Dec, 2019

By running my SSD on a SATA controller in RAID mode instead of AHCI. I had thought RAID mode for a SATA controller supported all the advanced features of AHCI though.

if your benchmark is close to what the specs indicate when NOT using Rapid Mode.
Intel X79P motherboard
On X79P motherboard I have to choose "RAID" mode if i want two drives to be in RAID regardless of what the rest are running at (which I assume is AHCI).
In general choose "AHCI" if you don't need to setup RAID for any drives. No need to change it now though if your performance is fine.

AHCI is a close cousin to RAID and running in RAID mode will result in a very small performance loss.
Unless you need RAID, always run in AHCI mode.

AHCI and RAID are different modes; however, I would expect that RAID drivers tend to use as much of the AHCI features as possible.
RAID vs ACHI modes
Several years ago mobo makers caused confusion on these points. Some provided drivers for AHCI devices and RAID devices separately, and that was clear. You only set the SATA Port Mode to RAID if you actually were using RAID arrays. But others combined the two drivers into one, so you HAD to set the port mode to RAID to use that driver, even if you were NOT using RAID.

These days, however, the drivers for AHCI devices are "built in" in Windows Vista and up, so there is no need to install such drivers separately. Thus, there ought not to be any unified AHCI / RAID driver, and no need at all to install a RAID driver unless you are using a RAID array. That should mean that you ONLY install a RAID driver and set the port mode to RAID if you really ARE using a RAID array. Otherwise, set it to AHCI.

As bizarre as this sounds I was forced to revert to ACHI mode after updating my BIOS and the HDTach benchmarks indicated that my SSD had picked up 25 MiB/s using AHCI mode as opposed to RAID mode. The HDTach benchmark
also was pretty much a flatline at 475 MiB/s, but in RAID mode it had several
valleys that dipped to 450 MiB/s.
I don't have any RAID devices, I only used RAID mode because I wanted to use Intel's rapid storage technology mode (where you can use an SSD to cache HDD's), that didn't work out for me because I'm dual booting w/Windows XP Pro.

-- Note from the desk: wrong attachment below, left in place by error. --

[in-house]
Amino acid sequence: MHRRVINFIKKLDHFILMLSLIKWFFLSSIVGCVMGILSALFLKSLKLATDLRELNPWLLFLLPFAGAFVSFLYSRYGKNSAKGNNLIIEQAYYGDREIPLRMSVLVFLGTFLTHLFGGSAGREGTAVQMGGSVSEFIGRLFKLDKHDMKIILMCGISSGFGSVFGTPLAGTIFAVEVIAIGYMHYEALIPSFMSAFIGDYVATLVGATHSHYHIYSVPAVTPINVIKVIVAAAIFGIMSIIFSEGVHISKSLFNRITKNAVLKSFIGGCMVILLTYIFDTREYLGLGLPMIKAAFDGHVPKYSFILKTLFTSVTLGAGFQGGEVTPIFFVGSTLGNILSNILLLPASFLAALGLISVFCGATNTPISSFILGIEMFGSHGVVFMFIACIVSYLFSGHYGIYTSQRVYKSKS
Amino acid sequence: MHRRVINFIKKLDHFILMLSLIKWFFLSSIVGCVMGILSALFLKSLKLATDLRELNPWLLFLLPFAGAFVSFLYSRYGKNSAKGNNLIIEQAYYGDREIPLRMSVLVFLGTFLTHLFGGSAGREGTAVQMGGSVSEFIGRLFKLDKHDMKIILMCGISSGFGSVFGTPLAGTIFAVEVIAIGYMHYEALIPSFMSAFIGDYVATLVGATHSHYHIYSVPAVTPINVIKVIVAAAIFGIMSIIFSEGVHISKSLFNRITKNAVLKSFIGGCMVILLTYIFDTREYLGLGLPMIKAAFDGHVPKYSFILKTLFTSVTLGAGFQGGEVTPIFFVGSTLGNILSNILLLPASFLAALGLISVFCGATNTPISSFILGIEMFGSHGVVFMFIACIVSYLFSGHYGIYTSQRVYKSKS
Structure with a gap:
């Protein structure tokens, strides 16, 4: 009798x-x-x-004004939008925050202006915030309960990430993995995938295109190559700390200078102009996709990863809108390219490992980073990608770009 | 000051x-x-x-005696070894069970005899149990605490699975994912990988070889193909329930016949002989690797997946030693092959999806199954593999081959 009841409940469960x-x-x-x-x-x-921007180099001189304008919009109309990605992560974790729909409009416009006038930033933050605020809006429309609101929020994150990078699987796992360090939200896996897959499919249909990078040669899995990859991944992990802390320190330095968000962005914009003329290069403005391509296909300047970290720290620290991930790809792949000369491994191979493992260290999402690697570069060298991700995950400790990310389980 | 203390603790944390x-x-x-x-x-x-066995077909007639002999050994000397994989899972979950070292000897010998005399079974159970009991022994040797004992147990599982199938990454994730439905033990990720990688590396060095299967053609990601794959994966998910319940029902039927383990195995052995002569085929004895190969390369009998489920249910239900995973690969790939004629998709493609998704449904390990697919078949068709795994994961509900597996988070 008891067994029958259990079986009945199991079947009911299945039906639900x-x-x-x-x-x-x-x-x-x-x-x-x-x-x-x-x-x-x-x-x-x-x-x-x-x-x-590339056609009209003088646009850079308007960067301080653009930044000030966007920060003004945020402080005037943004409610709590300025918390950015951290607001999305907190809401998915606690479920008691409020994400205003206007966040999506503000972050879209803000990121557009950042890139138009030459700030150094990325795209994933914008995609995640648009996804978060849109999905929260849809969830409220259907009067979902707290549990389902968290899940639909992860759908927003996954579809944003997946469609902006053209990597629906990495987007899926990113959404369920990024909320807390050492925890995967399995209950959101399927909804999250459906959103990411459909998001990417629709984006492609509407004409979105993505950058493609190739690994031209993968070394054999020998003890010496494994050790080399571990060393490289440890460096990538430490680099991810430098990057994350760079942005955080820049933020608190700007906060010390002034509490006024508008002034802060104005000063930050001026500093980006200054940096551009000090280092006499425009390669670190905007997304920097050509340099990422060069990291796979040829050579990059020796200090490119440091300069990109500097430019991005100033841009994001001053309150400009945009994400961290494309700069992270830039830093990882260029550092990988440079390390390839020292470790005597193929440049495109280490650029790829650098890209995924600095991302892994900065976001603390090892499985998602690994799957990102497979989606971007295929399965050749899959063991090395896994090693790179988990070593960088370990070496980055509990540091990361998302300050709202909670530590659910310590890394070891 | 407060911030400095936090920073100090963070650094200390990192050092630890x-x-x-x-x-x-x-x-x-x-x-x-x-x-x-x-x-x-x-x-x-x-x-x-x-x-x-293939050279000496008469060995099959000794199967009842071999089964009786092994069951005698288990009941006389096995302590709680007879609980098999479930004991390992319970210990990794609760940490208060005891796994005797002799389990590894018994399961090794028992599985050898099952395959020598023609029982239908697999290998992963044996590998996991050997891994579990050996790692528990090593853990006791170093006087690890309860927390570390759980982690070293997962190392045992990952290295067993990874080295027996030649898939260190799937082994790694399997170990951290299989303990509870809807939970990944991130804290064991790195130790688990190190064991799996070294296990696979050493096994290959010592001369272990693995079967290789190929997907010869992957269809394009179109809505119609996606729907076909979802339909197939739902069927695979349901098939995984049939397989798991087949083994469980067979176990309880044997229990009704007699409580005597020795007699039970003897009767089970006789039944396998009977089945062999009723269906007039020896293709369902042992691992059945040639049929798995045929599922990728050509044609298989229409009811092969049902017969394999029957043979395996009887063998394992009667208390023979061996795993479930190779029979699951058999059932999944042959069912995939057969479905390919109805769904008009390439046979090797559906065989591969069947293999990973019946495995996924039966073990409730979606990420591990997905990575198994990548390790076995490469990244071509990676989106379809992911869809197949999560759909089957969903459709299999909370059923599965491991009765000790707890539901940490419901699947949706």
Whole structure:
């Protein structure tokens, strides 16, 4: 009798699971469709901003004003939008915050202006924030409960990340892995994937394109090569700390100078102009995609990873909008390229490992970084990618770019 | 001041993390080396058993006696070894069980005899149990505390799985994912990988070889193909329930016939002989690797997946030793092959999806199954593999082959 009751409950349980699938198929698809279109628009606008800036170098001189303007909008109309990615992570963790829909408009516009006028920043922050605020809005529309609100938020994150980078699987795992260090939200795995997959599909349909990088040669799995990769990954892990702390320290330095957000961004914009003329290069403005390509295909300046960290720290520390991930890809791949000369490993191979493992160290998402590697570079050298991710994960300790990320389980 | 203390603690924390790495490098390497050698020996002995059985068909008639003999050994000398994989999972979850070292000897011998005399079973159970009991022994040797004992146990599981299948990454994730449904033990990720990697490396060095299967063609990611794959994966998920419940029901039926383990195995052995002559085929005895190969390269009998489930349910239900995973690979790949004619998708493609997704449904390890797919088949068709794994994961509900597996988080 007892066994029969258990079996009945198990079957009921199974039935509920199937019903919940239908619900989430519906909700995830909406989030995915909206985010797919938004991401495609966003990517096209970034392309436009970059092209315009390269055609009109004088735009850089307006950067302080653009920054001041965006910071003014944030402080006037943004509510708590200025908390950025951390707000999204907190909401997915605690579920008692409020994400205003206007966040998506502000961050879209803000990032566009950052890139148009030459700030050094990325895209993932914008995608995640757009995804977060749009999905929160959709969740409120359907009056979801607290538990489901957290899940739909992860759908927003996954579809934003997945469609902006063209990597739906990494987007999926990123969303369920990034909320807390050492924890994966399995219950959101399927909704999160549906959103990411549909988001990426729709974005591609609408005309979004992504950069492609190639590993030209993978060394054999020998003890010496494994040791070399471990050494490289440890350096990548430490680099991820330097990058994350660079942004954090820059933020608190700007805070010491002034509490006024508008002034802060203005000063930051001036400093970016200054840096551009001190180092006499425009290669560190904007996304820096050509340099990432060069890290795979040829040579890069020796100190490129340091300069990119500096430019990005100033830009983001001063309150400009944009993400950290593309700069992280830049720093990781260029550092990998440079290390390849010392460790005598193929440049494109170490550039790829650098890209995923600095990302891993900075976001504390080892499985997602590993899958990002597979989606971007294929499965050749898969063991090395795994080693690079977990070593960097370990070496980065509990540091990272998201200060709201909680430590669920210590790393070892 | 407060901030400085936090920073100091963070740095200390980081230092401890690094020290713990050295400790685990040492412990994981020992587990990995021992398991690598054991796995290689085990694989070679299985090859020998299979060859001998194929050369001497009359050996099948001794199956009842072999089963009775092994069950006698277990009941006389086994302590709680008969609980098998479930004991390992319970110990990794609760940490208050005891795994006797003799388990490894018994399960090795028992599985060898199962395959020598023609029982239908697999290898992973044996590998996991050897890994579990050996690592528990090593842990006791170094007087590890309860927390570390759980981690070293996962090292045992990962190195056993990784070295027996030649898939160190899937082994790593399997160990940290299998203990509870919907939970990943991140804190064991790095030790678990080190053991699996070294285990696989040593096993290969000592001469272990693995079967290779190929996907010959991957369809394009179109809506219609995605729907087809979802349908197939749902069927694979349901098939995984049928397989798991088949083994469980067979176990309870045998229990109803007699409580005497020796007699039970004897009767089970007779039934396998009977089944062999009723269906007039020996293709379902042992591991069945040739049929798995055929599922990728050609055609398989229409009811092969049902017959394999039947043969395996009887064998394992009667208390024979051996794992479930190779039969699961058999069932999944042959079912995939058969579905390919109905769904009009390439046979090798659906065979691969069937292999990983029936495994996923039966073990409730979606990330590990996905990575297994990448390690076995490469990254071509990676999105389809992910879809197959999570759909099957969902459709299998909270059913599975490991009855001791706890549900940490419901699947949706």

I'm actually thinking of adding a second SSD as another Readyboost device.

You threw in an interesting item, there. You're dual booting with Win XP Pro. Now, Win XP in all versions did NOT have any driver "built in" for AHCI devices, so it does not know how to use any storage device (HDD or SSD) acting (according to BIOS settings) as an AHCI unit. Thus it cannot BOOT from an AHCI device unless you install the necessary device driver for it at the time of the first installation of Win XP. (Using an AHCI device that you do NOT boot from in XP is easy - you just have to install the driver into Win XP after it is running.) So, did you actually do that installation in the original Win XP system on your HDD? Or, did you set the BIOS so that the HDD you boot XP from is operating in IDE Emulation mode?

On some BIOS's you can set the SATA Port Mode separately for each such port. But on some, whatever choice you make applies to ALL of the SATA devices on the main SATA port group. If yours operates in the latter manner, then this is what I expect will happen: Your system will boot just fine with the SATA ports set to AHCI mode when you boot into Win 7 or 8. But if you choose to boot into Win XP Pro from the other drive, I expect it will fail because it cannot find a way to deal with that HDD as an AHCI device. It probably would work if you changed the BIOS setting to IDE Emulation for the SATA ports, but then I'm not sure it could use all your storage devices when some of them have been written in AHCI mode. (You might solve this latter "glitch" simply by installing in XP while it is running the AHCI driver for Win XP on your hardware.) And of course, you would not want to leave your system set up that way and NOT use AHCI most of the time.

So, how does your system behave when you set it to use AHCI mode and then try to boot into Win XP Pro?
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